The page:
I mean it kind of almost, I think … This beer’s a great example, you know. Fifteen years ago, when I was first getting into beer, I probably would not have drank this at all. I mean, it would be a beer … I wanted those big, intense flavors. But the more you get into beer, you realize there can be beauty in nuance, and this is a great example of what you can do. Like, there’s beauty in these … it’s not a simple beer, but it’s a smaller beer. And smaller beers can have big, expressive flavors, too, if you pay attention to them.
JF: That’s cool! And actually, another thing I was noticing before we started is you were eating a sandwich, an Italian sandwich with cold cuts. It looked very good. I was not coveting it, just noticing. But, I was thinking about, you know, so much of wine that we do is … and especially when I worked in retail wine, is food pairing. Wine and food is such a big thing, and I know there’s a lot more going on as far as the diversity of beer and food pairing. I just was thinking about, like what kind of a beer would you like with that Italian cold cut sandwich?
JB: You know, I think I’d probably want one of the beers I have in front of me right now! A nice, clean Munich Helles is sort of a “Swiss Army Knife” of beer styles, and so it pairs with everything pretty well. It’s refreshing, it’s got a bit of malt sweetness in there, which can play up the sweetness in the food, it’s got a tiny peck of bitterness, but not too much to really distract from other stuff, and so … And it’s only about four point five percent, I would say? What, what it’s about … Yeah, this, we have about four point five percent, and so you can have a couple of them with your lunch and not feel too bad about it, or pass out directly afterward.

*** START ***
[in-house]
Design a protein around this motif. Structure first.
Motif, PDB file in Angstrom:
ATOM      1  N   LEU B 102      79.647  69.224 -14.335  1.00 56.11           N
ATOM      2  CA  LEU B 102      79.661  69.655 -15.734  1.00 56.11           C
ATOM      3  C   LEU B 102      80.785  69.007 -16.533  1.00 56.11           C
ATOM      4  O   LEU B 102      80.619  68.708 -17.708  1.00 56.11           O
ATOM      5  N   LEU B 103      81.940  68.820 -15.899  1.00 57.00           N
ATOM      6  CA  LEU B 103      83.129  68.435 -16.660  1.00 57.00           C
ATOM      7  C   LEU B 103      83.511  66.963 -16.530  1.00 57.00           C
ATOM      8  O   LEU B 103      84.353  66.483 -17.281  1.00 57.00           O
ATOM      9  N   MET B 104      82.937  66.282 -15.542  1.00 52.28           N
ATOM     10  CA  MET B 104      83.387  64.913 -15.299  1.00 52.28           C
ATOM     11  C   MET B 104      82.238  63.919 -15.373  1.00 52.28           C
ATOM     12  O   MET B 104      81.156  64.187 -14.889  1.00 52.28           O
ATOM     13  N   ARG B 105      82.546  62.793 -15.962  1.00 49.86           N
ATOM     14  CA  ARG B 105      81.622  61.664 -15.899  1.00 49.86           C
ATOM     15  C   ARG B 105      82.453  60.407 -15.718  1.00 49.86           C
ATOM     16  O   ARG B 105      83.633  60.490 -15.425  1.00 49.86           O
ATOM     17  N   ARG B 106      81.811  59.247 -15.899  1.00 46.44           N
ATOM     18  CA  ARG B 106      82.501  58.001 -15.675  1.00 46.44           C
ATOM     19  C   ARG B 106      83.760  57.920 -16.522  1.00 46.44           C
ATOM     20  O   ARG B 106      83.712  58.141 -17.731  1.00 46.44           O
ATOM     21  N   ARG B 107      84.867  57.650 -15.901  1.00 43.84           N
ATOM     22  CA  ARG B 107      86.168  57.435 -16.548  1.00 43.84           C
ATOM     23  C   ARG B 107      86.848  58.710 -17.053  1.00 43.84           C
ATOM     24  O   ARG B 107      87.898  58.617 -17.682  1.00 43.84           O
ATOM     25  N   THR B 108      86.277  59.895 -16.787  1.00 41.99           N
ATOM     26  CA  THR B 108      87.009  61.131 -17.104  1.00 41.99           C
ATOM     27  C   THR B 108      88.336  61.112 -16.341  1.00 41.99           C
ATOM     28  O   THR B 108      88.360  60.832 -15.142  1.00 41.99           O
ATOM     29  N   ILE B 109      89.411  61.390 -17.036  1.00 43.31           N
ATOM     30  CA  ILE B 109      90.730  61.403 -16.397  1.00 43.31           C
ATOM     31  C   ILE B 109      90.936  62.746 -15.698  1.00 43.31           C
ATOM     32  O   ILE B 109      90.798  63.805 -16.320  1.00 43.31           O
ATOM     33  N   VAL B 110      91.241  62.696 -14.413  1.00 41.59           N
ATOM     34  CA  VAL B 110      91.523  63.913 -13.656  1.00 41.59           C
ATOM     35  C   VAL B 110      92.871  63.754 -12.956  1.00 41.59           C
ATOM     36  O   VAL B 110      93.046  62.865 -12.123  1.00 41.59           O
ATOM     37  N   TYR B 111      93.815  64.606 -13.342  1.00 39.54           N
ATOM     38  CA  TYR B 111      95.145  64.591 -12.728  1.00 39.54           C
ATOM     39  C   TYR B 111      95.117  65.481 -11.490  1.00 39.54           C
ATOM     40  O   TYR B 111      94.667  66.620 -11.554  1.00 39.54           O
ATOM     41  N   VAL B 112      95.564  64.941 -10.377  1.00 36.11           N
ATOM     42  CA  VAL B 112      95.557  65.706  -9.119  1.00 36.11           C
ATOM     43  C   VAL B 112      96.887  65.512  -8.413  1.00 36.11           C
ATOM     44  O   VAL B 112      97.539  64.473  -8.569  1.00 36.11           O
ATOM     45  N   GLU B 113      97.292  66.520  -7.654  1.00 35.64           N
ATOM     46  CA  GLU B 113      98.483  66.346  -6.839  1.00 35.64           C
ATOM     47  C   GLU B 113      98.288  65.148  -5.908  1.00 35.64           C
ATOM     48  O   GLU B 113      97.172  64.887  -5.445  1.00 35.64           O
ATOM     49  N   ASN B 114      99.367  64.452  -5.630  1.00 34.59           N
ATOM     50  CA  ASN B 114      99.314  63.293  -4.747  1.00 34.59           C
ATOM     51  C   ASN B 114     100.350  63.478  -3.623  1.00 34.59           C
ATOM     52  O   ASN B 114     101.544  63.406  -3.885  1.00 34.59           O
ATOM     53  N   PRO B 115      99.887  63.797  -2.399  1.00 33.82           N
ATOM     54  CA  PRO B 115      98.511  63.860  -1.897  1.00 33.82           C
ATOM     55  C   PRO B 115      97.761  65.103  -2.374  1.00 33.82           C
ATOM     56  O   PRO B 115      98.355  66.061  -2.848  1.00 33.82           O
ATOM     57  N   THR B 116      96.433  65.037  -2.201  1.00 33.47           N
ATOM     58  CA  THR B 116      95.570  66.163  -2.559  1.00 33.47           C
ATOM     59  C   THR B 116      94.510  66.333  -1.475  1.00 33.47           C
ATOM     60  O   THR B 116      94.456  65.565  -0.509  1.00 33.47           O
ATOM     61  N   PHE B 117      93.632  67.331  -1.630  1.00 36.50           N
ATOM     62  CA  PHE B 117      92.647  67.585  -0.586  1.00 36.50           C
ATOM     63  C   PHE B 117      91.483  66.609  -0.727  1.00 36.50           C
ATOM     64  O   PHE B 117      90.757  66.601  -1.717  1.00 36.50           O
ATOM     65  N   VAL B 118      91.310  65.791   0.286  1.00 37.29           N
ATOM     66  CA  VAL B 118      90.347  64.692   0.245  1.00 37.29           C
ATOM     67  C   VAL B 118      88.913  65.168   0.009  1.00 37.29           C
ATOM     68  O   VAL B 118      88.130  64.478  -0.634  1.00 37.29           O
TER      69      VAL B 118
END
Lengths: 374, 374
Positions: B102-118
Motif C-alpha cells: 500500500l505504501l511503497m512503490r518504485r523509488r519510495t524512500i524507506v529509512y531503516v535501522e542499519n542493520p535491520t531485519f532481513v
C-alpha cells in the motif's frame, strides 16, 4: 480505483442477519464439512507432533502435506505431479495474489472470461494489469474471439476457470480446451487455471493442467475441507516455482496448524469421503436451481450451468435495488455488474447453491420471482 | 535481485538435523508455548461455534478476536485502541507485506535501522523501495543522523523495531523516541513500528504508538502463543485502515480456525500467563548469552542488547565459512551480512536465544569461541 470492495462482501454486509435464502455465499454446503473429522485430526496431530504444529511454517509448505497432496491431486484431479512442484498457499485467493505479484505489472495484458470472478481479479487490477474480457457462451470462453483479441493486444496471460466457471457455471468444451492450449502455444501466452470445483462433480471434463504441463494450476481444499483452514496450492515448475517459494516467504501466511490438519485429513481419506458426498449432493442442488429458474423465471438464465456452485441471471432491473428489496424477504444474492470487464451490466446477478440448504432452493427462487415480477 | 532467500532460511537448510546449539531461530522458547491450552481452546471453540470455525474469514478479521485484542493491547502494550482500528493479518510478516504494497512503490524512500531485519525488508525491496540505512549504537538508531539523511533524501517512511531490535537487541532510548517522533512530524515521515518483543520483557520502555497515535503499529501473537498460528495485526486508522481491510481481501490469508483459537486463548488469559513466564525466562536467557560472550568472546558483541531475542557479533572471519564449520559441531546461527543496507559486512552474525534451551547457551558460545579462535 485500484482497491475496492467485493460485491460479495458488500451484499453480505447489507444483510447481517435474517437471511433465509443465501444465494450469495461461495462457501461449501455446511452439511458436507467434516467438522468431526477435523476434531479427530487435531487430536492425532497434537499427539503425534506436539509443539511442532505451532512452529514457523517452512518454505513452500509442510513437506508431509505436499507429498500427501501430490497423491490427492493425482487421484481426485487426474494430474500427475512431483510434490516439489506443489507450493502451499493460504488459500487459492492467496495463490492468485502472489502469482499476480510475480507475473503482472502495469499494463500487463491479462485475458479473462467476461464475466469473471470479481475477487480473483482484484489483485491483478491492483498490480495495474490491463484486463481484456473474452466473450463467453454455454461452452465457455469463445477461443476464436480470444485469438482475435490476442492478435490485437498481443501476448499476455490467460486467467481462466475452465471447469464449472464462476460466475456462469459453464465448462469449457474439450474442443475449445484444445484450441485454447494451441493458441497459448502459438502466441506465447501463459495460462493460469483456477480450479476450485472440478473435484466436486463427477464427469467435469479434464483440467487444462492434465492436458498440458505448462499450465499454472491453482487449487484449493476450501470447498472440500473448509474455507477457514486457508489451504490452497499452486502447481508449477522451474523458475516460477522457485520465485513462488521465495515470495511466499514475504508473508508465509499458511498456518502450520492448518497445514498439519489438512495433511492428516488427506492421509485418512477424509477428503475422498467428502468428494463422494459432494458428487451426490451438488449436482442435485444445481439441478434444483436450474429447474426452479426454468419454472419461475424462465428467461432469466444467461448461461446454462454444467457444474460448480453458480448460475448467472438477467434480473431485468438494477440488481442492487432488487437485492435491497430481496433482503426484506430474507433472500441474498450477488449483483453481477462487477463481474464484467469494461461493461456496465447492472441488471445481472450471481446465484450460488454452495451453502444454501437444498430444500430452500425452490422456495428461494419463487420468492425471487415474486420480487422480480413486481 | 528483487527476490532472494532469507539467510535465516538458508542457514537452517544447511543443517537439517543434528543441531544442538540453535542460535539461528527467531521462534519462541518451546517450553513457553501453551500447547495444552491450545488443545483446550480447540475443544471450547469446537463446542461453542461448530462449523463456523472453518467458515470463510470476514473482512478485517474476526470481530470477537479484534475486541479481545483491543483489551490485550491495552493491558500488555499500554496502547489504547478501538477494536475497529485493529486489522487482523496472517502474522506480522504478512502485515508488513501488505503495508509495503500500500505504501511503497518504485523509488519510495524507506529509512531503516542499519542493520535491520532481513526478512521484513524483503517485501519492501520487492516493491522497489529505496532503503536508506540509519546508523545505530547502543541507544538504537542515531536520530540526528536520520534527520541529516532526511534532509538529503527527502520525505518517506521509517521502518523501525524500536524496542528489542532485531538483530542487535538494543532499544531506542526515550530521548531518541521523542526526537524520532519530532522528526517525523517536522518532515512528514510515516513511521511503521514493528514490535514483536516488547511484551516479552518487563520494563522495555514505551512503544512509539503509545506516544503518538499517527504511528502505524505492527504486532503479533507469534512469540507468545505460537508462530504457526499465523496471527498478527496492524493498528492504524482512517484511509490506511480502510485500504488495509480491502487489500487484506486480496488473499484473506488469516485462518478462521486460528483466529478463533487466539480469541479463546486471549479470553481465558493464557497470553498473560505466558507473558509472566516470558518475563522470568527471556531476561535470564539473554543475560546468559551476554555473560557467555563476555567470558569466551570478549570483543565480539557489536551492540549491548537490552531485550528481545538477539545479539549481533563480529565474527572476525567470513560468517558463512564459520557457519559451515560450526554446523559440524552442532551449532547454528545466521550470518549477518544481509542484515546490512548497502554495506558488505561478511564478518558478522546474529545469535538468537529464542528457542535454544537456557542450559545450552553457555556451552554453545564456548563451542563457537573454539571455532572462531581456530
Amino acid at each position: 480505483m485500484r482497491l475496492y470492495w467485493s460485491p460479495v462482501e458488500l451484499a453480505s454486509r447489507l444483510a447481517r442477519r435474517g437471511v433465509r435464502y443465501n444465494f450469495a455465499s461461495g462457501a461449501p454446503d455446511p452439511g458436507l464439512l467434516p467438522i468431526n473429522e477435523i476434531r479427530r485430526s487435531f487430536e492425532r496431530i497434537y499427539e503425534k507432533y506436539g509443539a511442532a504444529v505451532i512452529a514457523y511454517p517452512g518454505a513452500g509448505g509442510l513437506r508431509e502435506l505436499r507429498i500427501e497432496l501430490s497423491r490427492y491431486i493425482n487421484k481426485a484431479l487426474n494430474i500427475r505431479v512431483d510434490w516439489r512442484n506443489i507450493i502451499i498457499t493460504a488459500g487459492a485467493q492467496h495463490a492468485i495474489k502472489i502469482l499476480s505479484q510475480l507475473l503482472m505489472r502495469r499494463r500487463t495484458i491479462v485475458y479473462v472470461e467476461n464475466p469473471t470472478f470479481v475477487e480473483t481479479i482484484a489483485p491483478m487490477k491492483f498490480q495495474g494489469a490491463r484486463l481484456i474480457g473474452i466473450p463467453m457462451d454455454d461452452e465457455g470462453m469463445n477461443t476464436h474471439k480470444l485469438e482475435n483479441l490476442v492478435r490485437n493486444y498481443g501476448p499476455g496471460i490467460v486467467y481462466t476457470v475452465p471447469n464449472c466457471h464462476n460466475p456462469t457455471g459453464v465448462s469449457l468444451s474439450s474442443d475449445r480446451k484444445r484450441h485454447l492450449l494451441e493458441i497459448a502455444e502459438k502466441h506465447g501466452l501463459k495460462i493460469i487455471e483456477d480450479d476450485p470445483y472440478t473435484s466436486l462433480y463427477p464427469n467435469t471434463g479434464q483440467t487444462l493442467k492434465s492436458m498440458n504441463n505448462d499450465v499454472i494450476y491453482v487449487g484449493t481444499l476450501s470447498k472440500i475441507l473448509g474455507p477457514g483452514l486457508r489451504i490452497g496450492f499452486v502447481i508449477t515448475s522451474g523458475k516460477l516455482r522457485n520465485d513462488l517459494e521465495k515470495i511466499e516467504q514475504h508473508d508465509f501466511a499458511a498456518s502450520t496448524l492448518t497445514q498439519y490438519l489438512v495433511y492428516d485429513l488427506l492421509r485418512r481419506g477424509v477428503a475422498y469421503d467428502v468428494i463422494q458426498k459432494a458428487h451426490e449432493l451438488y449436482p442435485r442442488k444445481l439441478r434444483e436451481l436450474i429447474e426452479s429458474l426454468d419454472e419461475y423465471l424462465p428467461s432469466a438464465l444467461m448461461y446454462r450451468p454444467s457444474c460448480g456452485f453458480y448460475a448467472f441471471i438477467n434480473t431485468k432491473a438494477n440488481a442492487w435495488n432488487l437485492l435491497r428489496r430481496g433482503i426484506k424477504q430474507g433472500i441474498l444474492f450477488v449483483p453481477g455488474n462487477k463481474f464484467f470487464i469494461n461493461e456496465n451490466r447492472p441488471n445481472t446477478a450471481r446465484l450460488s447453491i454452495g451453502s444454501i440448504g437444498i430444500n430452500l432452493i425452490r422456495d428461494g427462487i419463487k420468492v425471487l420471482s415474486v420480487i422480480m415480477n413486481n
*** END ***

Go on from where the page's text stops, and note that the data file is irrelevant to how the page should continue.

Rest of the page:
JF: And what are some … I always think of I like unexpected food and wine pairings. What are some of your favorite beer and food pairings that maybe are a little bit of, outside of the box?
JB: Well, I think the ones that people tend to go after, or the one that always really wows, is using carrot cake with IPAs. You know, the bitterness cuts through the richness of like maybe the cream cheese frosting on top, while the sweetness is echoed out in the sweetness of the carrots in the cake. I really like that one an awful lot. And, when I’m doing oysters, you know, oftentimes oysters and dry, Irish stouts are a classic pairing. But I tend to like going with something like a really bright, acidic Berliner Weisse, which tends to … or a salty, sour Gose. So, the salinity of the oysters sort of plays off of the salinity in the beer, as well, and then it goes great with a mignonette or anything like that.